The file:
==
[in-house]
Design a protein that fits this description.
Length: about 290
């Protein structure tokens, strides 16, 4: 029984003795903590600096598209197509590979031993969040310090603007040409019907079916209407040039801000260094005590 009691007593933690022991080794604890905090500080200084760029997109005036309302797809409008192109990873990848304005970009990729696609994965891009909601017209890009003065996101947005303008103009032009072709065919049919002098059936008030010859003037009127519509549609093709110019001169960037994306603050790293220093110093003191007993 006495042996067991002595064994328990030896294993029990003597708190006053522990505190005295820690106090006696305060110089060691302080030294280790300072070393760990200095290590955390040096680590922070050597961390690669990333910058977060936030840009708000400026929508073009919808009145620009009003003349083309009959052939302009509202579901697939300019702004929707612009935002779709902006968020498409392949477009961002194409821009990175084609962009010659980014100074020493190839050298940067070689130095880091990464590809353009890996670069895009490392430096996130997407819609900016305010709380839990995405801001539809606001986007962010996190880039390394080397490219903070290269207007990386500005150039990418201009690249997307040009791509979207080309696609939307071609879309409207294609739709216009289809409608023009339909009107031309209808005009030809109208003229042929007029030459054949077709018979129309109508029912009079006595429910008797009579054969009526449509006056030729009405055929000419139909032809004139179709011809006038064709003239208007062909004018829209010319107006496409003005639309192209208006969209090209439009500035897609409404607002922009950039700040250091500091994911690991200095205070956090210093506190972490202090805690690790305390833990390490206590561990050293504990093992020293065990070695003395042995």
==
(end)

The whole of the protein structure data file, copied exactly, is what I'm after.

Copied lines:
[in-house]
Design a protein that fits this description.
Length: about 290
């Protein structure tokens, strides 16, 4: 029984003795903590600096598209197509590979031993969040310090603007040409019907079916209407040039801000260094005590 009691007593933690022991080794604890905090500080200084760029997109005036309302797809409008192109990873990848304005970009990729696609994965891009909601017209890009003065996101947005303008103009032009072709065919049919002098059936008030010859003037009127519509549609093709110019001169960037994306603050790293220093110093003191007993 006495042996067991002595064994328990030896294993029990003597708190006053522990505190005295820690106090006696305060110089060691302080030294280790300072070393760990200095290590955390040096680590922070050597961390690669990333910058977060936030840009708000400026929508073009919808009145620009009003003349083309009959052939302009509202579901697939300019702004929707612009935002779709902006968020498409392949477009961002194409821009990175084609962009010659980014100074020493190839050298940067070689130095880091990464590809353009890996670069895009490392430096996130997407819609900016305010709380839990995405801001539809606001986007962010996190880039390394080397490219903070290269207007990386500005150039990418201009690249997307040009791509979207080309696609939307071609879309409207294609739709216009289809409608023009339909009107031309209808005009030809109208003229042929007029030459054949077709018979129309109508029912009079006595429910008797009579054969009526449509006056030729009405055929000419139909032809004139179709011809006038064709003239208007062909004018829209010319107006496409003005639309192209208006969209090209439009500035897609409404607002922009950039700040250091500091994911690991200095205070956090210093506190972490202090805690690790305390833990390490206590561990050293504990093992020293065990070695003395042995």